Course 21: Rogue Blue/Kumquat/Almond/Apple: A logical cheese course both in name and progression this intense and creamy cow’s milk blue was served up on a glass tile with a wide ranging list of accoutrements including apple and kumquat preserves, pistachios pralines, almonds, and a tiny gougere – each flavorful on their own and each nicely complimenting the complex fromage with the pralines particularly acting to accent deeper woodsy notes while the fruits brought forth subtle sweetness.

Pairing 9: “The Dude”: Yes, seriously, a drink inspired by The Big Lebowski, and the best of the night for my palate featuring a boozy concoction of coffee infused Brandy, orange Curacao, sweetened condensed milk, and salted cream foam. Call it a fussy White Russian or just call it delicious – I abided.

Course 22: Lemon/Marshmallow: As you don’t get a copy of the menu until night’s end I’d originally thought this was the last dish of the evening but clearly having lost count this was actually the first of two desserts and featuring a squiggle of lemon curd atop bruleed marshmallow foam and shaved candied nuts plus a toasted honey crisp top the end result was that of a smooth lemon tart complete with toasted meringue – deconstructed but delicious.

Course 23: Coffee/Cream/Caramel/Hazelnut: Never one to be satisfied by a fruity dessert this thick glass bowl would arrive from the pastry kitchen and perhaps inappropriately expecting the typical chocolate conclusion I was surprised to instead receive an elegant presentation of hazelnut praline, milk sorbet, milk foam, and caramel chocolate sauce alongside a golden nugget of coffee cremieux. Rich and creamy – a dynamic take on the caramel macchiato – it was a great end that I only wish would have come alongside or after the soon to arrive coffee.

Pairing: R24 Blend from Counter Culture: Served up in a Siphon the last show in a night full of showmanship was this aromatic blend with topnotes of fruit and lingering chocolate. A lovely blend roasted specifically for Rogue 24 I inquired as to whether this can be purchased and was told it could not, but that did not stop me from picking up some slow roasted Pacamara single origin and farmhouse blend before leaving DC.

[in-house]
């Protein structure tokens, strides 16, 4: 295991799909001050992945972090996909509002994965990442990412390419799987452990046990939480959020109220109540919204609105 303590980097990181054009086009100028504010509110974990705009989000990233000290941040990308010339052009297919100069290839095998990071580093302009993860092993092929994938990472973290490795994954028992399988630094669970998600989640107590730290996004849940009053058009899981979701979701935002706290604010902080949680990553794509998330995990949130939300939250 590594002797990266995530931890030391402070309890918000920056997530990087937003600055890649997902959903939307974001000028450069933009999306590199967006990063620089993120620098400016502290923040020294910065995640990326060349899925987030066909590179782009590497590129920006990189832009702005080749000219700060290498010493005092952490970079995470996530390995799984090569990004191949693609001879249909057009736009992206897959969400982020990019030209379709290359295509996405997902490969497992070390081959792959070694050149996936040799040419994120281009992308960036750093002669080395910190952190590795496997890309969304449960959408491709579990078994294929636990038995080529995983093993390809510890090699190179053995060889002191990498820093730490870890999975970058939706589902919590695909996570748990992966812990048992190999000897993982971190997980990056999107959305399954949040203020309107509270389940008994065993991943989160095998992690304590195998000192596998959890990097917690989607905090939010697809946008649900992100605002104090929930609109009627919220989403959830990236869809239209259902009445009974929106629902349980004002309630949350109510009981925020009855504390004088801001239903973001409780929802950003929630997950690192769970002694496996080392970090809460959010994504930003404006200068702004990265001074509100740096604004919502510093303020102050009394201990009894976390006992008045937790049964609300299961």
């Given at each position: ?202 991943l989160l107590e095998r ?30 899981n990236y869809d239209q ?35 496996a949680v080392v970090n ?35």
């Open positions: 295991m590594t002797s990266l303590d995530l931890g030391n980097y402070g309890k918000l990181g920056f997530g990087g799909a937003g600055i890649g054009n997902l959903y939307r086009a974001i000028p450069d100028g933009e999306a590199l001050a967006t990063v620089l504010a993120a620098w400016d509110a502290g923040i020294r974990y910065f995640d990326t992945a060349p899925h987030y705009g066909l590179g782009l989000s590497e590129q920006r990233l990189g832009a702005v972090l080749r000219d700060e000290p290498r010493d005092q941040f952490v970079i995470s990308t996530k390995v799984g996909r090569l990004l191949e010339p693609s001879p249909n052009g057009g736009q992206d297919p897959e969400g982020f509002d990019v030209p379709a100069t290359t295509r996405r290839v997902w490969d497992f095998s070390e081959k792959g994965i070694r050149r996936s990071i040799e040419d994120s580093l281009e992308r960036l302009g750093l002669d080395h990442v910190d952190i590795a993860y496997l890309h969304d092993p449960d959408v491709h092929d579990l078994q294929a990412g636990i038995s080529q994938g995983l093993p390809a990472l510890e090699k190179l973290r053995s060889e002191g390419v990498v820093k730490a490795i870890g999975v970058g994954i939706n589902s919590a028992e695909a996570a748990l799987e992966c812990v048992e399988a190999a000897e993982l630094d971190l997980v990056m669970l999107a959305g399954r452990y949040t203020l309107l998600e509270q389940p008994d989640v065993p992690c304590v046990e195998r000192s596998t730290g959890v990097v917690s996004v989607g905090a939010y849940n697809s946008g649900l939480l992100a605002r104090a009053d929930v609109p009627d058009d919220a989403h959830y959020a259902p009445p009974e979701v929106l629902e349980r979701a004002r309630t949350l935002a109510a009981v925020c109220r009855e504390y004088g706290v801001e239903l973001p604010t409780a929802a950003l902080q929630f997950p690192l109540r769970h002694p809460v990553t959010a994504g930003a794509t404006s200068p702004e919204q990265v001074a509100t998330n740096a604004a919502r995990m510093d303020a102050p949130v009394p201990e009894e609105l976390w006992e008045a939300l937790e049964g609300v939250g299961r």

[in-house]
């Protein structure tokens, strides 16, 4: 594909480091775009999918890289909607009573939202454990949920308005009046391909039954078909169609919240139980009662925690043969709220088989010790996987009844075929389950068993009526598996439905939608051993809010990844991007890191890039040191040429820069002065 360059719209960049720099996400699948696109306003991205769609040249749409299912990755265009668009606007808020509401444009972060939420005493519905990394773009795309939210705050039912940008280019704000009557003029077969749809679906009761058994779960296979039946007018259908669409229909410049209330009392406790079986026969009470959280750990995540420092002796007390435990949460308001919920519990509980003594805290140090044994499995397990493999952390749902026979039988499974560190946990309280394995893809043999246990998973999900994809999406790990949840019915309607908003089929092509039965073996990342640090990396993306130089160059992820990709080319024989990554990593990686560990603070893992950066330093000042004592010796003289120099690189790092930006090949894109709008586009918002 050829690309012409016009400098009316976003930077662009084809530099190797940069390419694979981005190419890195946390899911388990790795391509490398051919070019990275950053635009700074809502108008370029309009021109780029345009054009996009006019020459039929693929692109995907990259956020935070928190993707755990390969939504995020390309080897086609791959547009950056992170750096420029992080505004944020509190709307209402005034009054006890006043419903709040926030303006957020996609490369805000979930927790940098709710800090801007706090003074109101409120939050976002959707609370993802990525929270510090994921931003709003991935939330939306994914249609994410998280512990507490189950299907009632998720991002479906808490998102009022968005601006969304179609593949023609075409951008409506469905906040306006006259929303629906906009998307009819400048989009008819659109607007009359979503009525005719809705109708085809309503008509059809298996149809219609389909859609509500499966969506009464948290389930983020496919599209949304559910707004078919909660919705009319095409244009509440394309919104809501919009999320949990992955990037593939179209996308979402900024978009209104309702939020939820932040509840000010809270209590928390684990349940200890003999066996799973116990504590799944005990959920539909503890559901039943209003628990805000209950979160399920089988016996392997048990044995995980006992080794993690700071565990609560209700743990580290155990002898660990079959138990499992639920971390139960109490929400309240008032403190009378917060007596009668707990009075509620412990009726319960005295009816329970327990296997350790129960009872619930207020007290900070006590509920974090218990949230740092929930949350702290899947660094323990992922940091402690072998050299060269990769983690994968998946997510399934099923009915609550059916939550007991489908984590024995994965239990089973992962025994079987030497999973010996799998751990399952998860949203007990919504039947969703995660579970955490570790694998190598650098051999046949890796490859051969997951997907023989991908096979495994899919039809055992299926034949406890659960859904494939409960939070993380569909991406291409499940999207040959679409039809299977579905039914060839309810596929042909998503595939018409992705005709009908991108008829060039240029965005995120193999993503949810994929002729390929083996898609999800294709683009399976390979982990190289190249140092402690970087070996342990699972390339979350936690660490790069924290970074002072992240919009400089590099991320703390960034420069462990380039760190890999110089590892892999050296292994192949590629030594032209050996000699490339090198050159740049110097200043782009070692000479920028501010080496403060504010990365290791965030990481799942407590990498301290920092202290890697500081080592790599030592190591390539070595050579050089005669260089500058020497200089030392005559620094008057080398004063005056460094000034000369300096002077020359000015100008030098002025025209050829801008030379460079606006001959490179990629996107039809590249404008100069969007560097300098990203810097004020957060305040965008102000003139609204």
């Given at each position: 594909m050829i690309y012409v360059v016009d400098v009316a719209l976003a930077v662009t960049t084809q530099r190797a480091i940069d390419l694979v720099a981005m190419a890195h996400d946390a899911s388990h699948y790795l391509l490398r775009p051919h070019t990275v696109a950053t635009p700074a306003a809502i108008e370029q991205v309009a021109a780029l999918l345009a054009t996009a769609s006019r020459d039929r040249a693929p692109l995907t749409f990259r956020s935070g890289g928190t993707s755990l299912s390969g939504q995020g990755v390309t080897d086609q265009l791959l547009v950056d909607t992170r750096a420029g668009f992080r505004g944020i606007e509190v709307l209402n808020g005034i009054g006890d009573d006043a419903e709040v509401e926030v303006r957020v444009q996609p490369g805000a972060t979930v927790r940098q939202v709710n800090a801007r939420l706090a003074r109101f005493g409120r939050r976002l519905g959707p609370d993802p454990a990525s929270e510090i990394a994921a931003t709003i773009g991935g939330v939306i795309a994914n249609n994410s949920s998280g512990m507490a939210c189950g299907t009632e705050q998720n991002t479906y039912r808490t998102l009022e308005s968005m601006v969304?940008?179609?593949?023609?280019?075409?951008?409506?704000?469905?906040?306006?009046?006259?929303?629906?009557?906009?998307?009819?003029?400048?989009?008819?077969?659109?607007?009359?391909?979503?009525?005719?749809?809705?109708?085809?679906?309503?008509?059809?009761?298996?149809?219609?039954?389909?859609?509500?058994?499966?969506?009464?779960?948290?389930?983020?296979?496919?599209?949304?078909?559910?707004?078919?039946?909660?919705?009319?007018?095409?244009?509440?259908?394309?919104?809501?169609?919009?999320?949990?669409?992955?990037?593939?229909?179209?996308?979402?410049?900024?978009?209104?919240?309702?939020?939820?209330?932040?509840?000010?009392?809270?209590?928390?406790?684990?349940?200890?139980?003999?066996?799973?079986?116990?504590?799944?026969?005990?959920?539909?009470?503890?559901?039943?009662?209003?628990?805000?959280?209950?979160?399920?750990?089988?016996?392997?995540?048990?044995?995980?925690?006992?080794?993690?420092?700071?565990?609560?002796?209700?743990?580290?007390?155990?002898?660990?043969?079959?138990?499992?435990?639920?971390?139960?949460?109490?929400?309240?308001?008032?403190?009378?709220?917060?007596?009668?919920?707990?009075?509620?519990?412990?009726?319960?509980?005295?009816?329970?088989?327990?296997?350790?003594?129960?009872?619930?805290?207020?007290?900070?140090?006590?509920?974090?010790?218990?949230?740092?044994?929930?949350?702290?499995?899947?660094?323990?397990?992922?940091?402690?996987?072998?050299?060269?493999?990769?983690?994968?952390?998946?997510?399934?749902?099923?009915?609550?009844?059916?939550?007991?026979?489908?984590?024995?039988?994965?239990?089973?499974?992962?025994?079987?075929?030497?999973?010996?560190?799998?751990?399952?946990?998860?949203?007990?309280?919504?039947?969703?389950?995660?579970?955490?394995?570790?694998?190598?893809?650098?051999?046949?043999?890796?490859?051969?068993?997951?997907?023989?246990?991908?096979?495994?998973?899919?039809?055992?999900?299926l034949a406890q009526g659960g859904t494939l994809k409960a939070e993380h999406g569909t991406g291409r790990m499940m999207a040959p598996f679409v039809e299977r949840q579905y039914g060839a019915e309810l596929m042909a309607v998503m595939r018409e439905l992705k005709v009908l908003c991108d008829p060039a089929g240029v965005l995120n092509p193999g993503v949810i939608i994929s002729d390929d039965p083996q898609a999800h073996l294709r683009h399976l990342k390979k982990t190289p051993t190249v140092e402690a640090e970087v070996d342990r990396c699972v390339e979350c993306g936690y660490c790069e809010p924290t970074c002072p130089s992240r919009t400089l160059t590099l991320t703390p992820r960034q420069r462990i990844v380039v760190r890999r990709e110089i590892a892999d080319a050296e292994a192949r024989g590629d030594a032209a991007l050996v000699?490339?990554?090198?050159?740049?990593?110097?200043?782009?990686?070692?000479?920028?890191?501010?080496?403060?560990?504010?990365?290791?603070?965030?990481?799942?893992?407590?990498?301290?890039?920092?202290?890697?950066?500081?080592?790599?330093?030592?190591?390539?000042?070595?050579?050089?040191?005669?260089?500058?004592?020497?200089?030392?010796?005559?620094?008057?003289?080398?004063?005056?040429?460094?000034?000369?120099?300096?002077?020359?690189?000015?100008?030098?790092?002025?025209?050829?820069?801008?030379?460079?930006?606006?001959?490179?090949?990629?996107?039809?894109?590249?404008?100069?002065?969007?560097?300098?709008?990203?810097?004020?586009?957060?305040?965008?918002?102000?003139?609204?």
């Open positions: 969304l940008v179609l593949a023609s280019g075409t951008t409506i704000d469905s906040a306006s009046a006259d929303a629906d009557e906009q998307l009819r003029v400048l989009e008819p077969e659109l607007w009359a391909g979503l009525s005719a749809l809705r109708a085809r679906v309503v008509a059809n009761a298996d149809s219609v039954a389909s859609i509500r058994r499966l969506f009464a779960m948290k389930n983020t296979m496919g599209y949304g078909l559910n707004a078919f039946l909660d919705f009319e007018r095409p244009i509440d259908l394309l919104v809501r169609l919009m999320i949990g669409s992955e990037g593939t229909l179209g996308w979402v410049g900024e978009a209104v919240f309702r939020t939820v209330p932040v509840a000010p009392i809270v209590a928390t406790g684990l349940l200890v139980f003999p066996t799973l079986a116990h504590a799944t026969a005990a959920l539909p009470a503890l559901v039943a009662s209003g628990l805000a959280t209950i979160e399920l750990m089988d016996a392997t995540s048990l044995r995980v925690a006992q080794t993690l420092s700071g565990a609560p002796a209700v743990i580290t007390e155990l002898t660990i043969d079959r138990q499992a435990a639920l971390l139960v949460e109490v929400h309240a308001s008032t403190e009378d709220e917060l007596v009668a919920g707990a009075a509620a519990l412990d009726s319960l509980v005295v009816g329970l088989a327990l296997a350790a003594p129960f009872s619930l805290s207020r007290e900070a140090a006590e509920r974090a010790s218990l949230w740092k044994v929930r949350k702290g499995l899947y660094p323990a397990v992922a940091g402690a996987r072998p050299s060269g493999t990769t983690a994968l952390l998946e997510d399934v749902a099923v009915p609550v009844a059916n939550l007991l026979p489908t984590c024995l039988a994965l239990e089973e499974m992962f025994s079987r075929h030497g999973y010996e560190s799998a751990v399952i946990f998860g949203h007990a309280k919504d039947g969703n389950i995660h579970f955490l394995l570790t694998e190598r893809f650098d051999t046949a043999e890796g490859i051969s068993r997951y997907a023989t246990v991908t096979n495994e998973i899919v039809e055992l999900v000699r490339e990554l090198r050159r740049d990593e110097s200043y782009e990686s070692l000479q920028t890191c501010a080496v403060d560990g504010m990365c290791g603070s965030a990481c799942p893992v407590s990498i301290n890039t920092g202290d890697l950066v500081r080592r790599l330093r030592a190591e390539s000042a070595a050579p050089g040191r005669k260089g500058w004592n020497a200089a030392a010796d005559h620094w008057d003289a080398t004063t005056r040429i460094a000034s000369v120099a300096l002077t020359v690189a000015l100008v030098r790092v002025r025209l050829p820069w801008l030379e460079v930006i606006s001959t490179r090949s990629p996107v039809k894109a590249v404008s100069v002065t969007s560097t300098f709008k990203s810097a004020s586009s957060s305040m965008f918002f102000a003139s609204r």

Course 24: Happy Endings/Little Things/Small Bites: The mignardises of the night would arrive as a quintet of Cassis Gelee, Orange and Chocolate Truffle, Chocolate Bon-Bon with Coconut, Chocolate and Raspberry Truffle, and a Shortbread Cookie with Guava Jam. Generally not a fan of fruit truffles I surprisingly enjoyed the subtleties of the raspberry option but it was no match for the cassis gelee – every bit as good as the best ones in Paris.

The Verdict: After chatting with RJ at the table for a short while as he continued to monitor the room and act as chef, expeditor, teacher, and host I stepped out of Rogue24 just prior to midnight and with the streets empty made my way to the car full but not ‘stuffed’ and more than happy with the meal just past. Taking into account the food, the setting, the price, and the overall ‘experience’ it would be hard not to call RJ’s vision one of a kind and although not ever dish was perfect Rogue 24 is absolutely a destination restaurant on par with the Volt Table 21s, Inn At Little Washingtons, and others in the city at less cost and more convenience; it is a restaurant that takes chances, a restaurant that will challenge both the diner and the norm, and a restaurant that I hope to revisit very soon.

 

Category(s): Coffee, Crab, DC, Dessert, Foie, Food, Ice Cream, Macaroon, Pork, Rogue 24, Sushi, Tasting Menu, Truffle, Vacation, Vidalia 24, Washington

6 Responses to Rogue 24, Washington DC

  1. I’ve been following your reviews for a while; we briefly conversed on a Chowhound itinerary. I appreciate what you do!

    You’ve inspired me to take a food vacation in D.C. with Rogue 24 and Minibar on the agenda. Care to join me? Haha.

    Take care!

    • If you’re paying my flight. Currently reside in Phoenix. And good luck with minibar. Total scam. Better off w/ Komi or Taro.

      • Would you please elaborate on Minibar?

        I’ll be driving from KY, hitting D.C., and then to Philly to visit some friends. Volt is on the way as well, so I’m really struggling with the itinerary.

        Thanks again!

        • Ahh, I see what you mean now after reading the rest of your D.C. reviews.

          Given the other quality restaurants in the area, I won’t be too disappointed if I don’t get the reservation. Rogue 24 and Komi sound like a dream.

          Take care!

        • They do not honor their reservations process. If they get someone “better” than you (political, rich, famous) you’ll be scrambling for a different dinner last minute….or, worse yet, you’ll be calling 1 month in advance for a reservation that never even existed to you.